In Arbitration, Judge Thyself, Not the Process (Corporate Counsel)
October 3, 2014
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From the Experts
Noah J. Hanft
“Control your own destiny, or someone else will.” Jack Welch's eight simple words of advice provide a compelling rationale for mediation as the optimal form of dispute resolution. As a former general counsel, my overwhelming preference was always to retain maximum control over outcomes via a mediation process. But what if parties are unable to find common ground and resolve their disputes? Does one maintain more control over the outcome with arbitration or litigation? Aaron Foldenauer, in his July 29 article in Corporate Counsel, makes the argument that arbitration creates big risks for companies and is “problematic for risk-averse corporations.” He also questions the oft-articulated advantages of arbitration - that it is cheaper, faster and more predictable than litigation - and concludes that corporations may be mistaken in mandating arbitration in contracts.
Foldenauer arrives at the wrong conclusion because he is condemning arbitration as a process based on its misuse or abuse. Of course, the same can be said of litigation and its misuse and abuse. In fact, to properly evaluate arbitration versus litigation one has to consider how the process performs when it is used properly - and the extent to which that can be controlled by the parties. Indeed, proponents of arbitration cite its ability to enable parties to arrive at a reasoned decision, based on applicable law, in a manner that is swifter, less costly and less disruptive than litigation. Of course, the same can be said of litigation. Litigation works well when it works well. Those who are of the same mind as Foldenauer contend that arbitration can be, and often is, more time-consuming and costly, and sometimes results in capricious and unappealable decisions that would not have occurred had the case been tried in court. The reality is that both are right.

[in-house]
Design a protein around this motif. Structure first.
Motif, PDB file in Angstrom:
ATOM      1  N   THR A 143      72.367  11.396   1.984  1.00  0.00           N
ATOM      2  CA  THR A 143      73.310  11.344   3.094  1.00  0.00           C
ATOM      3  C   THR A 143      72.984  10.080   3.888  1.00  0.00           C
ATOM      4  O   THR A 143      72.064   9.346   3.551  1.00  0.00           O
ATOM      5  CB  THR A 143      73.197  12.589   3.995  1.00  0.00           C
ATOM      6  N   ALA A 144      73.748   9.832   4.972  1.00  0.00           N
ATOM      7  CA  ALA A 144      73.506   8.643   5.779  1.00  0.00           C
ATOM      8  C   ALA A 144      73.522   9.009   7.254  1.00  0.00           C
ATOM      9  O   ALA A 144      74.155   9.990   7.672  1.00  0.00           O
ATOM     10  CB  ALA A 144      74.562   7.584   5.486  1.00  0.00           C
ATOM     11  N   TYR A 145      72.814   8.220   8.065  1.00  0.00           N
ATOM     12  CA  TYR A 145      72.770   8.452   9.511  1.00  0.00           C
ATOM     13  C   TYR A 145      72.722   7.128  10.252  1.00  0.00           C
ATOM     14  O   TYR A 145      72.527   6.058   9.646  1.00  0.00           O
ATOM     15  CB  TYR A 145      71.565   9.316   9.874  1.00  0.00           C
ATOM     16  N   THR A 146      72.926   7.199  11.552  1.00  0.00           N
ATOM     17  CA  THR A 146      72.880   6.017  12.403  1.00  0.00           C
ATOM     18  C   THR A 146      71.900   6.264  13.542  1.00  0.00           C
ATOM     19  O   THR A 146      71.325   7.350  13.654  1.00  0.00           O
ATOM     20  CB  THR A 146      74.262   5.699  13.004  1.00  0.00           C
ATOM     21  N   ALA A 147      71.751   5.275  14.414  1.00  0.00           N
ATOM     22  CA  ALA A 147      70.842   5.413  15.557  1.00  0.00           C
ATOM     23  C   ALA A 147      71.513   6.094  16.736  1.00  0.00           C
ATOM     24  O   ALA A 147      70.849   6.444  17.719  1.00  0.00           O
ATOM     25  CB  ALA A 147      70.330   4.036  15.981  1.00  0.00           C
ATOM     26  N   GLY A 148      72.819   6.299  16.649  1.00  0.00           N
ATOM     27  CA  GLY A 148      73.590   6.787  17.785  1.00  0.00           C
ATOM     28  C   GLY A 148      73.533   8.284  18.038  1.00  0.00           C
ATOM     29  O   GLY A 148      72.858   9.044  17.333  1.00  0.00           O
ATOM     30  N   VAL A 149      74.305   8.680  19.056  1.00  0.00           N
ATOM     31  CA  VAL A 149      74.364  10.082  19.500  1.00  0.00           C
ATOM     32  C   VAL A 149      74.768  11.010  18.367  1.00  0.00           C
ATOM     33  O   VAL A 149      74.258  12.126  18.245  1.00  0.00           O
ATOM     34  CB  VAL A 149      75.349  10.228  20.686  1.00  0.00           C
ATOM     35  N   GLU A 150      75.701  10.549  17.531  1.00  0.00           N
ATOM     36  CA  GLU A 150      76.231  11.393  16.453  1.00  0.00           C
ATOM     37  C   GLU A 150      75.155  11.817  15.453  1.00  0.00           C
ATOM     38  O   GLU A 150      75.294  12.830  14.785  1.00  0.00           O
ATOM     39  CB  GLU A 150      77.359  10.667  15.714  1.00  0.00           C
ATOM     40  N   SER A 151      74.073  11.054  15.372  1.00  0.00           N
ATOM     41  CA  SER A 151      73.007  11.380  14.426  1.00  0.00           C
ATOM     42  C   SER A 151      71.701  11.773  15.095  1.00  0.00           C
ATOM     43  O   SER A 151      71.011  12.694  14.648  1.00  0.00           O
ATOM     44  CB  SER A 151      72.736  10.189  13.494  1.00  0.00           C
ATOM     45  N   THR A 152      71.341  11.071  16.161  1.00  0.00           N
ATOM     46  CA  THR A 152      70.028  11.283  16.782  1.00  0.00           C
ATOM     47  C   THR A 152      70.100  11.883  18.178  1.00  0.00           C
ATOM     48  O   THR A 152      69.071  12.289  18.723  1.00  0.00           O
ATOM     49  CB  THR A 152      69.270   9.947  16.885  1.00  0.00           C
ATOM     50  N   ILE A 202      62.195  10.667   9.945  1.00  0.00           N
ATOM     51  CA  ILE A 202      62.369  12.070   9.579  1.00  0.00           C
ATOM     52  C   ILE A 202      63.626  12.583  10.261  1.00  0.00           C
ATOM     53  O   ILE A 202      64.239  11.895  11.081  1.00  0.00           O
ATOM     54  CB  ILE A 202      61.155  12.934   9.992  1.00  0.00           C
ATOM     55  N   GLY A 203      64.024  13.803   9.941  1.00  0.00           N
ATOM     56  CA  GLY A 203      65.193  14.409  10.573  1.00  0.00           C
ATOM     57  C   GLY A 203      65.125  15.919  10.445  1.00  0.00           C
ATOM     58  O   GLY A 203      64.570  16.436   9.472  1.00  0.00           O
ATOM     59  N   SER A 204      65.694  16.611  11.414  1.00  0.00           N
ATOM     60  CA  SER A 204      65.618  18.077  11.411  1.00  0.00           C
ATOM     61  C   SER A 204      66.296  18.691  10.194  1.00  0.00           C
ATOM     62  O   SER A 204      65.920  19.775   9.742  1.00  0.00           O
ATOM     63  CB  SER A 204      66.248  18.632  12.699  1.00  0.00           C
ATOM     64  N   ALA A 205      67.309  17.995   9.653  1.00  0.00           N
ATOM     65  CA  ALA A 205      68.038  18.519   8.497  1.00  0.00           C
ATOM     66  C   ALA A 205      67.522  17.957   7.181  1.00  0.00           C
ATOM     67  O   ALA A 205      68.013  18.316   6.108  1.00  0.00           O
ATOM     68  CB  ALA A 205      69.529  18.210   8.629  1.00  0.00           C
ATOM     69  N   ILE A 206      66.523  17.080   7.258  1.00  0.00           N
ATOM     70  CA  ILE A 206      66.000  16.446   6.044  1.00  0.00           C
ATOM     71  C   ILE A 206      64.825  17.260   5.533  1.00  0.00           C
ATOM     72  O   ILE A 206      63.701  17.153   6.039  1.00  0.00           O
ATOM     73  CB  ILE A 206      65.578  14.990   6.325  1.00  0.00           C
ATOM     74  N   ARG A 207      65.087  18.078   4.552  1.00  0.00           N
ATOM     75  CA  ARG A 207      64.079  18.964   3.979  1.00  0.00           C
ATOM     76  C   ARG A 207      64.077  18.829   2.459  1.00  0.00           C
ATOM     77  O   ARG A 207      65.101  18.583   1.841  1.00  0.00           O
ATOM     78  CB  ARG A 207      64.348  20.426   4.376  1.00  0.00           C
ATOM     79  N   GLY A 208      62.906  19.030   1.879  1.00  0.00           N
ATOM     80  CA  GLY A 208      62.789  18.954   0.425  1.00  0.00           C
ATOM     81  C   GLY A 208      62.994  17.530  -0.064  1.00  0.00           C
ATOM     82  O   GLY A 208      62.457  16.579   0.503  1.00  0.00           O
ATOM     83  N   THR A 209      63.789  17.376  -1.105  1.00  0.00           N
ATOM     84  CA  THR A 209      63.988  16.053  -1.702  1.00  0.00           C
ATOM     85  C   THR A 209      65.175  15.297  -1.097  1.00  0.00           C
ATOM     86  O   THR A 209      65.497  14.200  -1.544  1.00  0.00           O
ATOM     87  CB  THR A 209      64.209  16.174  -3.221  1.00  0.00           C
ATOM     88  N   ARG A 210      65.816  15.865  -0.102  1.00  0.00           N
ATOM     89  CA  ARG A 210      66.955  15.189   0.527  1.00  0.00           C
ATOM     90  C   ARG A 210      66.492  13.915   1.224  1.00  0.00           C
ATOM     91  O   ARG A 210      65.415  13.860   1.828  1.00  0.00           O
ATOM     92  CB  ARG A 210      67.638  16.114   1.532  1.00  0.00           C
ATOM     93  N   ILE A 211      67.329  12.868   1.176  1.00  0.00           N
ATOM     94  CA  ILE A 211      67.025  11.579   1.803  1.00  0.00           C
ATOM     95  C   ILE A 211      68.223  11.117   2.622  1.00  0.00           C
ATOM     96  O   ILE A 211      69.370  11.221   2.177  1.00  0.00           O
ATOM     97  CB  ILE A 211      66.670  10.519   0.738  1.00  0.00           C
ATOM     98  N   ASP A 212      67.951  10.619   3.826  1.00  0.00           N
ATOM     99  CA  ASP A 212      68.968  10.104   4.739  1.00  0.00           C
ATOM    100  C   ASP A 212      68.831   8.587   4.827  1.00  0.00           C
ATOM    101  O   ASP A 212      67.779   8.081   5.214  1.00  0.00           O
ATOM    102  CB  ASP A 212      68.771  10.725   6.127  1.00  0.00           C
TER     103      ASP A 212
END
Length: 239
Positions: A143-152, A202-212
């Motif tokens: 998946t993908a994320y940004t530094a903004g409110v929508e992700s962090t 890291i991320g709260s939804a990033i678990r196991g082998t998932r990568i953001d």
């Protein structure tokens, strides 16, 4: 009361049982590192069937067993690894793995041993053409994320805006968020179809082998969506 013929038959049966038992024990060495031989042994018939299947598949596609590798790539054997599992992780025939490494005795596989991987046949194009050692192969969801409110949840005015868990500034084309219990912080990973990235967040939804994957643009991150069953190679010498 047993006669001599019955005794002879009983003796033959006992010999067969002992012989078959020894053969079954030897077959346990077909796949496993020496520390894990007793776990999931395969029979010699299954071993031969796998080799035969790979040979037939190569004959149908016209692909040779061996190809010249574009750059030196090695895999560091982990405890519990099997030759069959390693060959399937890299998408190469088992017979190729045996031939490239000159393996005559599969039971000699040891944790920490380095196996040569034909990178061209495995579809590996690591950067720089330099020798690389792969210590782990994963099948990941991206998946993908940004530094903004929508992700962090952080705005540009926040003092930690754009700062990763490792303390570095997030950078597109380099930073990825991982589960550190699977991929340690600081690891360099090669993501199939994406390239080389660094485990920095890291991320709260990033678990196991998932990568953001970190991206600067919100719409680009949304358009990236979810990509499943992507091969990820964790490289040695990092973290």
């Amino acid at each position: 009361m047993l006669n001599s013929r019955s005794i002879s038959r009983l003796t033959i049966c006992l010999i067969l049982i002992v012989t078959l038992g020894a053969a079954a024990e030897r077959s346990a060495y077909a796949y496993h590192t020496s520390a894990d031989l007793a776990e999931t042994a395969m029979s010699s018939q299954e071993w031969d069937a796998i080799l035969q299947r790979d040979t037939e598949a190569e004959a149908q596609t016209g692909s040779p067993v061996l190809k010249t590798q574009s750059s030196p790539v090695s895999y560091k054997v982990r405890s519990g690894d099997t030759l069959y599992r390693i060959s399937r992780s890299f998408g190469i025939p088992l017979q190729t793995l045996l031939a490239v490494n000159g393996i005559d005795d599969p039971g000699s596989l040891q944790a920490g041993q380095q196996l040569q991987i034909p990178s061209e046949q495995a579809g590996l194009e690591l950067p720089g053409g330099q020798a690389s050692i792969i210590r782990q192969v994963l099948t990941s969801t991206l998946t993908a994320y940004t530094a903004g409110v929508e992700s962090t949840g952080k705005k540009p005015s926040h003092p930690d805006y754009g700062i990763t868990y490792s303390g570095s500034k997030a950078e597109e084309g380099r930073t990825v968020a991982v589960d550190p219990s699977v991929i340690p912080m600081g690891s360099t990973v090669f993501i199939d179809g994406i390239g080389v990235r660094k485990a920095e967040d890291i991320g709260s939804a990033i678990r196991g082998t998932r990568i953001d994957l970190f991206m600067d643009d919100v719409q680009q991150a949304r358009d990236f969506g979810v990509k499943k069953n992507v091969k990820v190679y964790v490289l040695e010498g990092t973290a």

Anyone who has litigated knows that there is nothing inherently quick, cheap or reliable about litigation. Litigation, in these times of increasingly scarce judicial resources, is an ever more lengthy process. Cases can, and often do, drag on for more than a decade. Time literally is money, as most costs rise by the hour and interest accrues on any potential damages. Discovery, and e-discovery in particular, seems to know no bounds. Costs are, likewise, unconstrained, and often so prohibitive that parties are unable to justify continuing, regardless of merit. And if you litigate to verdict, your destiny never can be entirely in your control. Indeed, the news is replete with stories of runaway verdicts, completely out of proportion to what most would consider reasonable. Of course, there is the ability to appeal, but a litigant can’t take comfort when it comes to predictability or timeliness of an appellate decision. And even if one ultimately prevails, if an opponent’s assets are in another country, one has to deal with the fact that the United States is not a party to any multilat- eral treaty for the recognition and enforcement of judgments.